We saw a few more chickadees, downies, and cardinals. Then we plunged into an overgrown area in search of another trail heading back toward the Second Thicket. As I floundered around, Rachel said, “Look.” She pointed up at a cluster of black birches with fruiting catkins that were twittering with American goldfinches. I counted and re-counted and searched in vain for a pine siskin. After numerous counts, I settled on 29.
Just like that we were on a minor roll. Two golden-crowned kinglets answered my pishing and not Rachel’s trilling birdsong, which was her British equivalent of our pishing. I had been hoping for kinglets and was grateful.
“Maybe we’ll see a brown creeper,” I said. “It’s difficult to tell their call from a kinglet’s.”
“Look,” Rachel said once again, this time with considerable excitement in her voice, and she described the location of what resembled the Eurasian treecreeper. Sure enough, it was a brown creeper scuttling up a tree trunk like a tree-borne mouse.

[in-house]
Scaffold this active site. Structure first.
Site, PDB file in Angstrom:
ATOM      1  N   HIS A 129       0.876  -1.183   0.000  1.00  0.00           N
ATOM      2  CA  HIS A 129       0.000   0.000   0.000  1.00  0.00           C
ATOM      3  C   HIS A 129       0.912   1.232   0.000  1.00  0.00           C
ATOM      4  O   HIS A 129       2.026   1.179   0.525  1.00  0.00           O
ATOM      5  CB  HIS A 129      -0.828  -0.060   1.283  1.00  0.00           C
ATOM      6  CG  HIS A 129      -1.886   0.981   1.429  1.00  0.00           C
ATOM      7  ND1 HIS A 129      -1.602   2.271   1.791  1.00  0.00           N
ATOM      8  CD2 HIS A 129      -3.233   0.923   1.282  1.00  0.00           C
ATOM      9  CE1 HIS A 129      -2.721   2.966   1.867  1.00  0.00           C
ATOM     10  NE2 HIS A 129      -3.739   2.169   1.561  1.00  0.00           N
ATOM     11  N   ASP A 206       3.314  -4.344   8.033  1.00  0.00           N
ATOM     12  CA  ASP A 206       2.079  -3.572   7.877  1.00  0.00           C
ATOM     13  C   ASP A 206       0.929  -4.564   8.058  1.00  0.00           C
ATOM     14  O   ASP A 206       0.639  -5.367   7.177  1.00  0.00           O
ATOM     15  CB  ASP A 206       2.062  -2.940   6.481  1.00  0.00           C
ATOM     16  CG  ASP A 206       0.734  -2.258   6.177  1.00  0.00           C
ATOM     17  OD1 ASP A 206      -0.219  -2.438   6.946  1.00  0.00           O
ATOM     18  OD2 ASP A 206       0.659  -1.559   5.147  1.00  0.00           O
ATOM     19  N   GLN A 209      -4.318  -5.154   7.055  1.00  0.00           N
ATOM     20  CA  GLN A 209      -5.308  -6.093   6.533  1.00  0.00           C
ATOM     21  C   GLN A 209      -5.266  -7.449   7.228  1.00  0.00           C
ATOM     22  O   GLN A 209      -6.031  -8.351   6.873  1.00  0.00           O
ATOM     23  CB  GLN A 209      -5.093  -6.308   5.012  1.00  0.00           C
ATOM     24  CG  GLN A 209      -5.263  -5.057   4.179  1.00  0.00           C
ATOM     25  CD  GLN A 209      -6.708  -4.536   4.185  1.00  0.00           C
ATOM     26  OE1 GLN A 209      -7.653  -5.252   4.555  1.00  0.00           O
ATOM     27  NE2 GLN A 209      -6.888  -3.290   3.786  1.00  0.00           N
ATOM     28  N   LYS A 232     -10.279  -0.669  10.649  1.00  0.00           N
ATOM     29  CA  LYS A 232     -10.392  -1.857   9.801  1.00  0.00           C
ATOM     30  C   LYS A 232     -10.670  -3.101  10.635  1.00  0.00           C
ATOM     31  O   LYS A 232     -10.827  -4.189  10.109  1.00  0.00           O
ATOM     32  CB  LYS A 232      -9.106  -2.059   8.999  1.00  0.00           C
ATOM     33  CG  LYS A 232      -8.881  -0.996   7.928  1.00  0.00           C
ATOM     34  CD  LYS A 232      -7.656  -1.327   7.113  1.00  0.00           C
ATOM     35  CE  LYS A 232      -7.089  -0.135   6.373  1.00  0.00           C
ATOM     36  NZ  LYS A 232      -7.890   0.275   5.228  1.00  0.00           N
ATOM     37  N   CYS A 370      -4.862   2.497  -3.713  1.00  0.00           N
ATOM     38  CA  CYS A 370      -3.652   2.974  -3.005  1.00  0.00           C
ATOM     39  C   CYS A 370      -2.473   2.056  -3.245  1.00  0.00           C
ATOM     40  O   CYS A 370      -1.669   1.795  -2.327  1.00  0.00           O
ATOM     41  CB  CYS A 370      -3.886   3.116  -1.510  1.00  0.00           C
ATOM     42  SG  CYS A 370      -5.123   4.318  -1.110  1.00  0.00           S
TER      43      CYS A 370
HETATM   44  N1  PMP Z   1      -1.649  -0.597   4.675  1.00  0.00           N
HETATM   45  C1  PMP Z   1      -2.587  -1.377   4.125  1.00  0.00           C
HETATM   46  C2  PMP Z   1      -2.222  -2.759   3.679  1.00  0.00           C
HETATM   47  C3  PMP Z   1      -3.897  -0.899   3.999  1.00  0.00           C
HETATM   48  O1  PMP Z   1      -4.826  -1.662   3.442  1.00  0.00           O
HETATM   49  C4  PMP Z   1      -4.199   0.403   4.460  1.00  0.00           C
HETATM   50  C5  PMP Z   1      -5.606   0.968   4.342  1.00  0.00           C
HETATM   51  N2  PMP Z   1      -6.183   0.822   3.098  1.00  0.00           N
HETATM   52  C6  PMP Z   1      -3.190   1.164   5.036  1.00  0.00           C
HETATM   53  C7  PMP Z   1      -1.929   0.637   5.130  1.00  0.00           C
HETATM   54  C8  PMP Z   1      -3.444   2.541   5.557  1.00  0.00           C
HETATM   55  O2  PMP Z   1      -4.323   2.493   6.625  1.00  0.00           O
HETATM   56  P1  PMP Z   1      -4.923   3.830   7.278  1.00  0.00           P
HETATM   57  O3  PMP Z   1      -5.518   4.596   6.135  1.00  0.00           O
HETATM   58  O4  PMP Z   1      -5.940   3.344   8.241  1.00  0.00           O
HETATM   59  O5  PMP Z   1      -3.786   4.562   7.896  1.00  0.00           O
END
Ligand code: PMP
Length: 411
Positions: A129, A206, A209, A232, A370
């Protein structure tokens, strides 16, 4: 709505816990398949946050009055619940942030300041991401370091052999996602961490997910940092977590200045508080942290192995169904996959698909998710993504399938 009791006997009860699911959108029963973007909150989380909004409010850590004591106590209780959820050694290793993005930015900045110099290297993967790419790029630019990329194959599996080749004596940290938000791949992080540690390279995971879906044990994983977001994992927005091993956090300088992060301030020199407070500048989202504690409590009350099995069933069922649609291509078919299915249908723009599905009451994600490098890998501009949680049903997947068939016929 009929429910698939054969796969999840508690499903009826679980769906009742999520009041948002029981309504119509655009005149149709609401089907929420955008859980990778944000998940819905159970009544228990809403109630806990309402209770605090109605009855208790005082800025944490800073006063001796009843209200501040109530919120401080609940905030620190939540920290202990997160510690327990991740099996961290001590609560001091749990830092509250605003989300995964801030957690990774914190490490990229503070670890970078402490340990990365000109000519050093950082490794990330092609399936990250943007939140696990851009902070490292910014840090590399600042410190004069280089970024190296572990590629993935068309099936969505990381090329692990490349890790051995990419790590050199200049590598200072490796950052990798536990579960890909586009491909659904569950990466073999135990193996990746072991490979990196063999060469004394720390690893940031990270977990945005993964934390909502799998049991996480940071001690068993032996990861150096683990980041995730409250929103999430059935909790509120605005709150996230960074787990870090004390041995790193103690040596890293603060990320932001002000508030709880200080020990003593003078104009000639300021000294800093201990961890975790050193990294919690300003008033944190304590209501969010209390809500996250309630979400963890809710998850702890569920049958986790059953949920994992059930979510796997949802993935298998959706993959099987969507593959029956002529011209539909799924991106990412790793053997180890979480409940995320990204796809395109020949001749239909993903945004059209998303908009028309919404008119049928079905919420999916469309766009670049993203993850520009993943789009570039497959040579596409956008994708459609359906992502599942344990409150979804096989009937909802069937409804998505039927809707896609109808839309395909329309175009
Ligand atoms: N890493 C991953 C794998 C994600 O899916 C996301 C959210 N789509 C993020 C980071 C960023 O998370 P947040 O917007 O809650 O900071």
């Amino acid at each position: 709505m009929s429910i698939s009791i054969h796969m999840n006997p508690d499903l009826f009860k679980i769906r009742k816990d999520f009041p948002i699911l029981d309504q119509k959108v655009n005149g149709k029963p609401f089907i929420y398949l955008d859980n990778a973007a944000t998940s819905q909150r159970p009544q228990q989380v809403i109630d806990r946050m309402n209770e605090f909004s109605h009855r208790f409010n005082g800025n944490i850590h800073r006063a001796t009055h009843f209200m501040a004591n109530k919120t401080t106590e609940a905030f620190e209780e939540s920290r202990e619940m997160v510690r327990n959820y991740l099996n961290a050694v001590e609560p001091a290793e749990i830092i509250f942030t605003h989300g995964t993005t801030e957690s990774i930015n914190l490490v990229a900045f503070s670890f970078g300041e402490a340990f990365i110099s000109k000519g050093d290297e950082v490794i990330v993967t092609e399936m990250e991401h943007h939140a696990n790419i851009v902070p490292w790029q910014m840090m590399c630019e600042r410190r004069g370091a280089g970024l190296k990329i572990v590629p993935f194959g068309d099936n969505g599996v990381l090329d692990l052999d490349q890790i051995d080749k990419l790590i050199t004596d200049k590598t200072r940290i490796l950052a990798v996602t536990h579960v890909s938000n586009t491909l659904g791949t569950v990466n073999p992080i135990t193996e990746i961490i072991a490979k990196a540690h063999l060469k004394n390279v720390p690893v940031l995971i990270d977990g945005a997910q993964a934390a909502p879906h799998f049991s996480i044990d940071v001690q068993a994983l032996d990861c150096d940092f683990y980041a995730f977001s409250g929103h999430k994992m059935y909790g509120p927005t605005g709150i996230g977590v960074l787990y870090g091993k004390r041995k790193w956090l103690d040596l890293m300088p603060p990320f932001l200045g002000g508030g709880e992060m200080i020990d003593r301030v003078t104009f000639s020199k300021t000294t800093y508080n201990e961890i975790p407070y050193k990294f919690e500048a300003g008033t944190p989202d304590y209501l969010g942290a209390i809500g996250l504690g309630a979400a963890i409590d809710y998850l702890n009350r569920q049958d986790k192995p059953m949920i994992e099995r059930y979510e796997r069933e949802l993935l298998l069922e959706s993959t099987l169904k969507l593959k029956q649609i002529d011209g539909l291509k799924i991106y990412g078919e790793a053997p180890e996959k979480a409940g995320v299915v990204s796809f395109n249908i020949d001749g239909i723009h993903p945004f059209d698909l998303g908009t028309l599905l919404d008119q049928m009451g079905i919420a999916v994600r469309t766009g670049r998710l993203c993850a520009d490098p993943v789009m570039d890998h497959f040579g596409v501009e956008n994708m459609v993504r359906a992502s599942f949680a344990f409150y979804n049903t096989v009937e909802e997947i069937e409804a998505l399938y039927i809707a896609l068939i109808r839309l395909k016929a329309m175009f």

That ended our short bird rally, although we did add still more chickadees, downies, cardinals, and three tufted titmice to our list, all birds we could have counted at our bird feeders. I did locate one hairy woodpecker in our forest, but after five hours and four miles of slogging through the rain, we had counted a mere 11 species. We also spotted one of the bluebirds Carl had seen earlier as we approached our yard, and with other species at our feeders—white-throated, song and American tree sparrows, mourning doves, slate-colored juncos, house finches, white-breasted nuthatches, and Carolina wrens—we had a grand total of 19 species.
Later, at the bird count dinner, no one had done much better, although Carl and Kurt had found one hermit thrush amid the grape tangles on Sapsucker Ridge and our sons Steve and Mark had spotted a rusty blackbird in a large flock of European starlings and brown-headed cowbirds down in the valley. Even though we had dedicated counters, we had one of the worse counts ever—only 43 species in all.
In other sections of Pennsylvania on other days counters did better—155 species statewide with Southern Lancaster County’s 102 species the best count in the state. Still, we know that as citizen scientists, according to the Audubon website, our counting helps protect species and their habitat and has “allowed researchers, conservation biologists, and other interested individuals to study the long-term health and status of bird populations across North America.” With the CBC and other bird counts, as well as other scientifically-based studies in whatever field a person might be interested in, we amateur naturalists can make a difference.
Photos by Dave Bonta except where indicated.